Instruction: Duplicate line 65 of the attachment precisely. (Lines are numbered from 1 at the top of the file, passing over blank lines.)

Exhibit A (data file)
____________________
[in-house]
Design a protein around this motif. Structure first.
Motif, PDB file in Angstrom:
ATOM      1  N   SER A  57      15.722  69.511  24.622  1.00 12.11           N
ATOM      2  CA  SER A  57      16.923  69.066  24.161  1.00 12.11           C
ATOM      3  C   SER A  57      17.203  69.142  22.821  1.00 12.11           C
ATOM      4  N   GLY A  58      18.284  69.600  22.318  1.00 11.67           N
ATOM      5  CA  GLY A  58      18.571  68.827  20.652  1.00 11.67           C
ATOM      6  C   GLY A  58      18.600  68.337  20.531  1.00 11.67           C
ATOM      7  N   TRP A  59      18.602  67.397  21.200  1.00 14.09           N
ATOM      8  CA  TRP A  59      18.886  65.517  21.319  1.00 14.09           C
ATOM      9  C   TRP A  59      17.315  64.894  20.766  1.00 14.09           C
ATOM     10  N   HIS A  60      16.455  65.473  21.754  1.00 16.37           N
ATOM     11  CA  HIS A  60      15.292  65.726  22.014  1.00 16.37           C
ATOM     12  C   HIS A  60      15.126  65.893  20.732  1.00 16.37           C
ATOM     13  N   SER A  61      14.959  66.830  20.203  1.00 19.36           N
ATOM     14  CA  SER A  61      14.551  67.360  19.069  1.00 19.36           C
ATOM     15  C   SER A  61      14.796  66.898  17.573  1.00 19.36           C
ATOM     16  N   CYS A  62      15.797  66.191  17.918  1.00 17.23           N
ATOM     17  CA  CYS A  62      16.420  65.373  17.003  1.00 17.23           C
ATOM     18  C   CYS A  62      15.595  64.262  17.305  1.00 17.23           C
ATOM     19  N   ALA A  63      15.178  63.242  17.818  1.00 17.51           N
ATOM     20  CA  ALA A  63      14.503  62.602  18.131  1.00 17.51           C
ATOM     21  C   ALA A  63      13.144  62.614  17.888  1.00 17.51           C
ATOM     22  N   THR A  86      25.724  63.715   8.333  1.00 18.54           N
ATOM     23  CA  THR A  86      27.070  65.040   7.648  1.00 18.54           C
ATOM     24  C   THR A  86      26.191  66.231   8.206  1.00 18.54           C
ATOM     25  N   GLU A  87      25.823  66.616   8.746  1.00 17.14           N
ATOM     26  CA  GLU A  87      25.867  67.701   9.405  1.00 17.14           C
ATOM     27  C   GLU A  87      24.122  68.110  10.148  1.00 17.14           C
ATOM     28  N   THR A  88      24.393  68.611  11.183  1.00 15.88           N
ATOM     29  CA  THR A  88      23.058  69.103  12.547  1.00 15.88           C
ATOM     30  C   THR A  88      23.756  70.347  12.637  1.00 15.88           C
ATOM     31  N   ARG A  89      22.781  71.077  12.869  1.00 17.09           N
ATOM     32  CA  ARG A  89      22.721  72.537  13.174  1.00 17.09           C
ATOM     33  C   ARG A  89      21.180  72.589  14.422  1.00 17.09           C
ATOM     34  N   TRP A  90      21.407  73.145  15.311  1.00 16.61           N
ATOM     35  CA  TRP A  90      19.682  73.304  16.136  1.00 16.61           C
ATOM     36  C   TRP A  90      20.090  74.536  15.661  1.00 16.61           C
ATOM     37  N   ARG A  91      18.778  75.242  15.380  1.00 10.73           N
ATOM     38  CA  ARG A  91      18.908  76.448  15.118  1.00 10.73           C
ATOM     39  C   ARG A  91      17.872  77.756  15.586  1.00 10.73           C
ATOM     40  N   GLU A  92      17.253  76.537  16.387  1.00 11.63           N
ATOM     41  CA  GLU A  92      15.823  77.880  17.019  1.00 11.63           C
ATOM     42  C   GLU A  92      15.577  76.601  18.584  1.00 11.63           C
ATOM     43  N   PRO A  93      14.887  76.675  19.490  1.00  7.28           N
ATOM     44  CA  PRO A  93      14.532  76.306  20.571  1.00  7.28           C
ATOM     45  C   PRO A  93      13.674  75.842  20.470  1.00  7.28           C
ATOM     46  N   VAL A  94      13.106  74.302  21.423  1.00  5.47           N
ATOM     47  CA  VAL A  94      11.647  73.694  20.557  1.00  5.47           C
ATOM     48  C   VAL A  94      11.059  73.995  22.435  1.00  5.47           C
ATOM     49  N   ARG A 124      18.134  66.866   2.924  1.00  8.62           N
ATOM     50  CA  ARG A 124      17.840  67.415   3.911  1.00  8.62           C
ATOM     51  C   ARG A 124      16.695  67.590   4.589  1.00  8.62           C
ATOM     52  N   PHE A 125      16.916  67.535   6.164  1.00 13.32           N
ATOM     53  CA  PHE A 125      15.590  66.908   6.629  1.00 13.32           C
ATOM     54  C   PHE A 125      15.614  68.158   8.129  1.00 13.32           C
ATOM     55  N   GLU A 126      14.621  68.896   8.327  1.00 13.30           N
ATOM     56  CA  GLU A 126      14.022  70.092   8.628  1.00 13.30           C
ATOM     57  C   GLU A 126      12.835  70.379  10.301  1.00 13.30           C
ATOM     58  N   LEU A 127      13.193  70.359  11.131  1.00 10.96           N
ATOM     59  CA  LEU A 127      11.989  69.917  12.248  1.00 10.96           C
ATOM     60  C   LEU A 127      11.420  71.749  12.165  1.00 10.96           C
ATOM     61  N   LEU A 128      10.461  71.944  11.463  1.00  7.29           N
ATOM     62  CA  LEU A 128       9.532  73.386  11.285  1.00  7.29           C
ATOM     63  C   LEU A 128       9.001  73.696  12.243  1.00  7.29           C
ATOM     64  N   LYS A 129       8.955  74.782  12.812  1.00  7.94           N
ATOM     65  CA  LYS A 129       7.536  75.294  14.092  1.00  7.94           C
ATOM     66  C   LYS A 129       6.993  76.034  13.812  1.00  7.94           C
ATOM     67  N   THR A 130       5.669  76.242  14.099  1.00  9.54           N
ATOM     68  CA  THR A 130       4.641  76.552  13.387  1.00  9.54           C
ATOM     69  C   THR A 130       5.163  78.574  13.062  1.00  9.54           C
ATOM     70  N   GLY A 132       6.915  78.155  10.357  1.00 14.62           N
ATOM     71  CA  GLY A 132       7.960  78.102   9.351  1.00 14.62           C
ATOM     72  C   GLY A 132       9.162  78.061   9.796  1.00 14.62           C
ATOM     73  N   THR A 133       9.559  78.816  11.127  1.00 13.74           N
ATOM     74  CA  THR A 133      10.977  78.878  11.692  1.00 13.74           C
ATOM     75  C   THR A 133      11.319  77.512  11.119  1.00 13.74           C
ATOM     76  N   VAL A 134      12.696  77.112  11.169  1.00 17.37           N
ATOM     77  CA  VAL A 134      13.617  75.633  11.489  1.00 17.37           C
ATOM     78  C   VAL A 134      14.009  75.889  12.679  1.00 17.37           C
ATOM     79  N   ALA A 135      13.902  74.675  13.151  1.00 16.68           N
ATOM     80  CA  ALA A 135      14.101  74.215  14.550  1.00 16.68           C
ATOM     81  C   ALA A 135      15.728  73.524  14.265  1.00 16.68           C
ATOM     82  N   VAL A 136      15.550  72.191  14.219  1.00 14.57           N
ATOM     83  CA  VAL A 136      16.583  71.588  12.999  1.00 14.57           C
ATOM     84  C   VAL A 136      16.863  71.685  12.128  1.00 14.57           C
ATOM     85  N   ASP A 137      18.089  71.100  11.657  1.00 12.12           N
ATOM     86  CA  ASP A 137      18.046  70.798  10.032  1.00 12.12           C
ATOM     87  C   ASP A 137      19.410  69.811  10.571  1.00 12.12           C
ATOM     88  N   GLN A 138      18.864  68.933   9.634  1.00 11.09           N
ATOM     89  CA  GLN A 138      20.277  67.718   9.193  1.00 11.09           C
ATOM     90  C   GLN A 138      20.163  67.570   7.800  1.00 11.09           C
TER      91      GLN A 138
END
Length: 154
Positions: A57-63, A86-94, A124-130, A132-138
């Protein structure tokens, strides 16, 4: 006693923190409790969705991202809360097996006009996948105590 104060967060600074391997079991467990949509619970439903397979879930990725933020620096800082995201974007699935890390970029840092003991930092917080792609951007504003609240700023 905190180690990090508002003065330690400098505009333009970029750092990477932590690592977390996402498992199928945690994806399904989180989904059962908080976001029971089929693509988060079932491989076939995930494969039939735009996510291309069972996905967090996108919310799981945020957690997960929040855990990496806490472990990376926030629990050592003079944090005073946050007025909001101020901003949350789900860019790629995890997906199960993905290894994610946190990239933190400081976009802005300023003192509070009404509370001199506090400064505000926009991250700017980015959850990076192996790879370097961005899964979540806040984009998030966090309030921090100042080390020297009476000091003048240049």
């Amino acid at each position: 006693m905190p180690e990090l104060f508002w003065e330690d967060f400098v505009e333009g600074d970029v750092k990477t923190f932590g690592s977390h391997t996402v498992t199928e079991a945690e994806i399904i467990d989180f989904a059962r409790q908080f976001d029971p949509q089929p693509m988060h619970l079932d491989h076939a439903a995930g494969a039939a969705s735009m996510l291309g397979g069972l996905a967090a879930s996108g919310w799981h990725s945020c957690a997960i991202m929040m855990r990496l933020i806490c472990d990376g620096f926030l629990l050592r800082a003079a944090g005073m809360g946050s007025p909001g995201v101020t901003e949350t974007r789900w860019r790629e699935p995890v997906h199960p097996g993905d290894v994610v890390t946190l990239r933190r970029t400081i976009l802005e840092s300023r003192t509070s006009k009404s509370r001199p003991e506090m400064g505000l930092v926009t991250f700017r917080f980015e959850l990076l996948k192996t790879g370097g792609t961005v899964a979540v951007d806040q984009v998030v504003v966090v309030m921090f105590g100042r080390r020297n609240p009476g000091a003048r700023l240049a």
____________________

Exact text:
ATOM     62  CA  LEU A 128       9.532  73.386  11.285  1.00  7.29           C